29 Jul, 2022

I've been using feedly since Google decided RSS wasn't a thing any more, and have been pretty happy with it. It wasn't as good as Google Reader, but good enough. The ads are gradually becoming more invasive though, and there's less of the minimalist feel it had when I first started using it, so I've been periodically looking for an alternative.

After finding nothing I was particularly enthused by, in the end I've decided on the slightly clunkier (certainly geekier) option: taking Tim Brownawell's Python-based RSS -> IMAP bridge, and modifying it to suit my needs.

RSS-IMAP reads feed config entries from an email in an IMAP folder, and then loads the feed items as email messages (if they aren't already present in the feed-specific subfolder) - my version reads config from a yaml file instead, and uses a SQLite database to store an index of feed items that have been loaded. Using the yaml file, because I find it easier to ssh onto my raspberry pi (where this is running) and edit the feed items there; than writing a mail, sending it to myself and then copying into the RSS folder. And using a SQLite DB, because that way I can delete feed emails and they won't be re-loaded automatically. SQLite is ideal for this sort of usage, because there's only a single process writing the data, and the index lookup is fast.

The main changes can be seen here:

Or found in the "alt" branch of my fork:

Posting in the unlikely event someone else finds these mods useful...

Long live RSS!!

On Feedly

28 Jun, 2013

Rather than burning a significant amount of time rolling my own alternative to the soon-to-be-lamented Google Reader, I've been evaluating the various closed and open source options, finally settling on Feedly.

feedly error screen It's... okay... but the mobile app (at least the iPhone version) isn't... well... particularly mobile. Sure, it looks pretty, and for the always-connected user (those irradiated with 100% 3G coverage), perhaps its shortcomings are a little easier to bear. But I spend a significant chunk of commute-time, sitting on a train, with an internet connection that bounces like the proverbial yoyo. Instead of downloading all articles when there's a good internet connection, Feedly just downloads the current feed (possibly a side effect of the way I use it - I like to go to the individual feeds and read all articles in a section, rather than the mixed articles it presents in the ALL tab). So on a typical commute home, I'm either presented with numerous error screens, or an interminable (so it feels) loading screen.

feedly loading screen To make things worse, the iPhone app seems to forget that it just loaded something (not always, but enough to be annoying). So if I flip from Feedly, to iMessage, and then back again... once again I'm presented with the loading screen. The forgetfulness isn't limited to loading - it also affects articles I've already read (or already marked as read), which Feedly inconveniently forgets and I get the same set of articles again.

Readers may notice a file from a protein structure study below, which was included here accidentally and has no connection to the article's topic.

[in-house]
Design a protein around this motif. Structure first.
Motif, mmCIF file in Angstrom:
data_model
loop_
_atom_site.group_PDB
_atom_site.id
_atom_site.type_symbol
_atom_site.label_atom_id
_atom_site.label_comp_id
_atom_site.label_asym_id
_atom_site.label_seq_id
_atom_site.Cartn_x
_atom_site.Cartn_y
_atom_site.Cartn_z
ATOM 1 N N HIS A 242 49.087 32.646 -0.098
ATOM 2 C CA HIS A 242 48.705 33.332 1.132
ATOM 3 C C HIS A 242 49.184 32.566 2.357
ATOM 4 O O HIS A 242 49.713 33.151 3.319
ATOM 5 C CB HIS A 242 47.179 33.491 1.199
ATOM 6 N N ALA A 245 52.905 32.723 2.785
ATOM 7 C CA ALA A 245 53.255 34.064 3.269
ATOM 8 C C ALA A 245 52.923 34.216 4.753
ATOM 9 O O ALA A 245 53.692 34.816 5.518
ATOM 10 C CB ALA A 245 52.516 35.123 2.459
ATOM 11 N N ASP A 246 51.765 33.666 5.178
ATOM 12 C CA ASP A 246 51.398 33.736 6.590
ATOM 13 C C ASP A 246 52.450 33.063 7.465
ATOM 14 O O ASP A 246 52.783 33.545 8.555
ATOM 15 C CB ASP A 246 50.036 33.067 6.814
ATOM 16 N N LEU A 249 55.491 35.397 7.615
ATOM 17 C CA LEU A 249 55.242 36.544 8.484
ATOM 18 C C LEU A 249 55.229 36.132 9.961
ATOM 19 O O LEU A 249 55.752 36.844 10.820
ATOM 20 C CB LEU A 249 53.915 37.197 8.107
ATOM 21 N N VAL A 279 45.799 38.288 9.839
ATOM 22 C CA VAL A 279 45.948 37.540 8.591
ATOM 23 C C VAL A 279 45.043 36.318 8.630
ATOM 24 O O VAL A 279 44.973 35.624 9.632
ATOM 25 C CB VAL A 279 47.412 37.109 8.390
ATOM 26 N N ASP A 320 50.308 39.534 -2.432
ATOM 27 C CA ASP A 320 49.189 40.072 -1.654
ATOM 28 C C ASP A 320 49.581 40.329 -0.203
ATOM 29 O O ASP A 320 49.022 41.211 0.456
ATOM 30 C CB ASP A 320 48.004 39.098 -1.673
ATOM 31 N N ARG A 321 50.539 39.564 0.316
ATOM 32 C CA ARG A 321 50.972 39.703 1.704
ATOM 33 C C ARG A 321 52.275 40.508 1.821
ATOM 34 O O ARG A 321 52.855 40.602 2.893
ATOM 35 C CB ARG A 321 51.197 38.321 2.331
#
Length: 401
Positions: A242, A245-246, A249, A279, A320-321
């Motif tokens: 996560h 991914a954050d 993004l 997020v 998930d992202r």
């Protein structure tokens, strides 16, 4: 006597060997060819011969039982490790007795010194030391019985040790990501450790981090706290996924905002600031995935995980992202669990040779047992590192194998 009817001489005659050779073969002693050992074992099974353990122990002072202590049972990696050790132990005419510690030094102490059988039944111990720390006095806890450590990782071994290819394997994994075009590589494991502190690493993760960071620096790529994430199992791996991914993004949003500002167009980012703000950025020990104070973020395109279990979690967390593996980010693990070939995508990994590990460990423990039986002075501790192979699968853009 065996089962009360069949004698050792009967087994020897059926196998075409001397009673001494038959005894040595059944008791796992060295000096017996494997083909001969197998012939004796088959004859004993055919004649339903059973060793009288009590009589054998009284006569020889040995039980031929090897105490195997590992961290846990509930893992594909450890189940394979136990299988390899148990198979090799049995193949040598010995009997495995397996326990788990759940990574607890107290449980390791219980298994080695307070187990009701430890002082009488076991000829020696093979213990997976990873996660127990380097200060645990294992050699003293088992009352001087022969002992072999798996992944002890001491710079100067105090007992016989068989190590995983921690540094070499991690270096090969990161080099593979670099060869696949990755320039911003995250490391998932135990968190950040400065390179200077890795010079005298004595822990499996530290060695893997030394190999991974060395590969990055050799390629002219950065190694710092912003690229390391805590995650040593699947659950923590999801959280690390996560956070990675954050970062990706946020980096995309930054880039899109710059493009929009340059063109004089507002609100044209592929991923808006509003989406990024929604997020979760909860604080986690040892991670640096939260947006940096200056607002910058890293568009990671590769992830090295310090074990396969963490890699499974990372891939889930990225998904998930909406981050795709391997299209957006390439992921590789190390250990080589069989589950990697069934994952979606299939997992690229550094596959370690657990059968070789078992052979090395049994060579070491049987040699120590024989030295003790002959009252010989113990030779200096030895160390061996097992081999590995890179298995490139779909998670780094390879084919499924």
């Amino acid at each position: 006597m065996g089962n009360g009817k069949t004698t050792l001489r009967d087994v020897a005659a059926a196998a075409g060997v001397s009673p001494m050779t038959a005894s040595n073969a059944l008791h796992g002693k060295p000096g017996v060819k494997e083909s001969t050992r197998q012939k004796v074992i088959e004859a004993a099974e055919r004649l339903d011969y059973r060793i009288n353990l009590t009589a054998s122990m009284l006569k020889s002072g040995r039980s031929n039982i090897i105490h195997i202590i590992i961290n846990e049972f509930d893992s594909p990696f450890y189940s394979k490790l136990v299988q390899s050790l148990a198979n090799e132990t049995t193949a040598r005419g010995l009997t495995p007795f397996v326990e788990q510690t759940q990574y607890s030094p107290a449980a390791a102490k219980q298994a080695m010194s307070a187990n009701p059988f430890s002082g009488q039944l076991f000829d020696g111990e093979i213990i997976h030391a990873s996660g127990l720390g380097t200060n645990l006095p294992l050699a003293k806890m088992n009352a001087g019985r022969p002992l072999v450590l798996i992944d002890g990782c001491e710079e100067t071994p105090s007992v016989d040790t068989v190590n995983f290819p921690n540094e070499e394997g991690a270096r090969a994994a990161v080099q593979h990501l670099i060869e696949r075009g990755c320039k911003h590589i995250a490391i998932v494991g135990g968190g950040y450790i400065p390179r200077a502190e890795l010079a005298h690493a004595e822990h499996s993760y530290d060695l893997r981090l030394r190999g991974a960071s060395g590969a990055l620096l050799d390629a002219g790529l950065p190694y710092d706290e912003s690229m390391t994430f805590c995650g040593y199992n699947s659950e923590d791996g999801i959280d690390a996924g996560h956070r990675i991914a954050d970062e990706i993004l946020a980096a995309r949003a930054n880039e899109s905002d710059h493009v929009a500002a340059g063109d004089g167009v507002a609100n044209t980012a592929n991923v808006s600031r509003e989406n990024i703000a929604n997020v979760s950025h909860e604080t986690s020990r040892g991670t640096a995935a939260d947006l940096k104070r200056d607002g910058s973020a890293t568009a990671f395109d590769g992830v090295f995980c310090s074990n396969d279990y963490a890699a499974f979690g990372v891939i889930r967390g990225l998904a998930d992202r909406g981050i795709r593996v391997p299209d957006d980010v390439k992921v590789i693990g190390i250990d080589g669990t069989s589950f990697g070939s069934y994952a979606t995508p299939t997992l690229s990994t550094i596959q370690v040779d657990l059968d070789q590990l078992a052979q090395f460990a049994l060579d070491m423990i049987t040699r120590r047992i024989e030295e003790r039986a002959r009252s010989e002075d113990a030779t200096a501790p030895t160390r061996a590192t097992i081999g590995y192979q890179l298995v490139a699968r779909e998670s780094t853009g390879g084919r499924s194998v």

feedly flick The interface seems a little inconsistent, as well. As I go through the articles in each feed, when I reach the end of the list, I'm presented with a large, friendly tick and a message telling me to "Tap to mark all articles as read". Which I do. The next feed appears and (after the loading screen) I flick the page up for the next article... except sometimes not. Despite the fact that there are plenty of unread articles, I can't flick to get to the next - I have to use the menu and find the next unread feed myself. Which might make sense if it was the last feed in a list sorted in alphabetical order. But it's not. So it makes no sense to me at all.

So, nice interface, but could use some work. A menu option, to download all articles when I've got a good connection (at home before leaving for work, for example). Remembering which article I was on last time, and not immediately trying to re-download just because the connection bounced in the meantime.

Still... better than Reader nothing...

Update: turns out that Reeder coupled with Feedly in the backend (for the moment) is the ideal solution.


17 Mar, 2013

About the only thing I actually use Google Reader for, is synchronisation between devices. I use both Net News Wire and Feeddler -- neither of which are perfect, but the magazine-style RSS readers (such as Feedly, and the like) don't really suit my usage patterns.

I wonder if the answer (for myself, at least) is a basic web-based reader, which uses dropbox for storing synchronisation data. With about 5MB of localStorage, I could also possibly fix one of my bug bears with the clients I use at the moment - offline download of some content (for those train trips where the connection drops like a yoyo). Using the iPhone's safari browser for the reader itself would fix the other problem I have (specifically with NNW) -- poor download and page rendering performance.

There's my spec ↑... now I just need to find the time to develop it... (before July)